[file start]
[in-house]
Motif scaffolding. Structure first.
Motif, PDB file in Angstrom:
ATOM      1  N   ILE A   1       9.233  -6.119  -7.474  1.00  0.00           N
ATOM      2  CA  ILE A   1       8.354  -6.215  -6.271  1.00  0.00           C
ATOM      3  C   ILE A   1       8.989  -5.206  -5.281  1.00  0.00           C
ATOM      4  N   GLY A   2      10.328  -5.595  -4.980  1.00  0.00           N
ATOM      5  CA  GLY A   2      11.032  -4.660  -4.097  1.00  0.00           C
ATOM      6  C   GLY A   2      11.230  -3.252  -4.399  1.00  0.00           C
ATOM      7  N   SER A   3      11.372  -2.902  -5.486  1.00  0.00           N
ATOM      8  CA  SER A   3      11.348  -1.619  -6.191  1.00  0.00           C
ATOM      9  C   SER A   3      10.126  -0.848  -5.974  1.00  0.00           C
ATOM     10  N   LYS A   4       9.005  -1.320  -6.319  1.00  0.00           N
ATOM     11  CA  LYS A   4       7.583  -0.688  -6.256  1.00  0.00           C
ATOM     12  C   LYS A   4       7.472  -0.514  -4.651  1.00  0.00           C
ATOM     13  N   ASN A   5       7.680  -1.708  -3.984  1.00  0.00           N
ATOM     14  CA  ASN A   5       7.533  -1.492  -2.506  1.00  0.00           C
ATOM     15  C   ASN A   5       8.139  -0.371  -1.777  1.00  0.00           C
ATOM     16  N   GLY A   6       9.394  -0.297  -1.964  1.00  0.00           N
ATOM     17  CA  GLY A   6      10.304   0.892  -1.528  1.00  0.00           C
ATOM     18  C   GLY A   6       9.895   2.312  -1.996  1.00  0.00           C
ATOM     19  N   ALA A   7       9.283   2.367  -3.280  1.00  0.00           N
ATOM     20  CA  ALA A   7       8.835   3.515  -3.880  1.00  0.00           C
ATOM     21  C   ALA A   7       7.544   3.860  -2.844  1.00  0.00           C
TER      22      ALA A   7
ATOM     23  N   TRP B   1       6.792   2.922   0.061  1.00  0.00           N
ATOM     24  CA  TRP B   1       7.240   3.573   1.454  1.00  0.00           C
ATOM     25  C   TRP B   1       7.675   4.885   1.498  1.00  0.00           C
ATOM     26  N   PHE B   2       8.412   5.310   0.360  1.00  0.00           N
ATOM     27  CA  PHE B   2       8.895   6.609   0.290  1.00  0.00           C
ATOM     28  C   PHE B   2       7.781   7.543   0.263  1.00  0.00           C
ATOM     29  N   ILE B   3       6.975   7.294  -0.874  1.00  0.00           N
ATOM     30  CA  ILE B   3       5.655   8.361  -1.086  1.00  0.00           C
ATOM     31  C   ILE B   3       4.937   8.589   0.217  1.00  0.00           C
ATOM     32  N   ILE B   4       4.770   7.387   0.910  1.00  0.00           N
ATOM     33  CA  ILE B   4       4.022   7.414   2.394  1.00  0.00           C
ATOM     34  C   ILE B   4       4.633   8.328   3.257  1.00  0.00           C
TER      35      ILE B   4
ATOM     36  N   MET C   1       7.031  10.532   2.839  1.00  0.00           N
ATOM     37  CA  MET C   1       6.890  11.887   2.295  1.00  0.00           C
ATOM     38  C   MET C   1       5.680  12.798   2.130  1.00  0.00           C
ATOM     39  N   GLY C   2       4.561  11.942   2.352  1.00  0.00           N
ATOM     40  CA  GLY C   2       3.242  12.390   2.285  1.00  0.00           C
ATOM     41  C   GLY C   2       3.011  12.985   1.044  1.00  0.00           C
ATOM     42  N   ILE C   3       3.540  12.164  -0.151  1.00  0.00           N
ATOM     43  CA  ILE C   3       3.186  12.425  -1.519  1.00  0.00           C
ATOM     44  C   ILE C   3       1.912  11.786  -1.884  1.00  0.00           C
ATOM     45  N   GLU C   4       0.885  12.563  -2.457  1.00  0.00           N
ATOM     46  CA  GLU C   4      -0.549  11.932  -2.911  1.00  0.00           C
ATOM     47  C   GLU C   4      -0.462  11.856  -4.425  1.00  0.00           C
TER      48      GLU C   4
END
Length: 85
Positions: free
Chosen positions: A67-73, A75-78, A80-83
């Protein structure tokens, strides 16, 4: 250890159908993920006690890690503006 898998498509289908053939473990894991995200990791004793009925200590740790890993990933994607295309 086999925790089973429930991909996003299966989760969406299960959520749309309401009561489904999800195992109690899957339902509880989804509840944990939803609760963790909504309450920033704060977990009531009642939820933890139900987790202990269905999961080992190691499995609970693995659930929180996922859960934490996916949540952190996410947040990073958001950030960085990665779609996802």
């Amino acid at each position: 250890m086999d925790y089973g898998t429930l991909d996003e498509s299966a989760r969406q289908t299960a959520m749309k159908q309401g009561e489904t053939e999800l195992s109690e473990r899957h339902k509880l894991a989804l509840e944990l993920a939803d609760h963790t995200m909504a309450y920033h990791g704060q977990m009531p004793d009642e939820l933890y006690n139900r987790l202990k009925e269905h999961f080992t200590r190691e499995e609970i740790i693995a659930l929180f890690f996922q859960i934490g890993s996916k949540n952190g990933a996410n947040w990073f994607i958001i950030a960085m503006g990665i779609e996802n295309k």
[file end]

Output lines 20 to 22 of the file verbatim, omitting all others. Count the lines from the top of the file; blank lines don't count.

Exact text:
ATOM     17  CA  GLY A   6      10.304   0.892  -1.528  1.00  0.00           C
ATOM     18  C   GLY A   6       9.895   2.312  -1.996  1.00  0.00           C
ATOM     19  N   ALA A   7       9.283   2.367  -3.280  1.00  0.00           N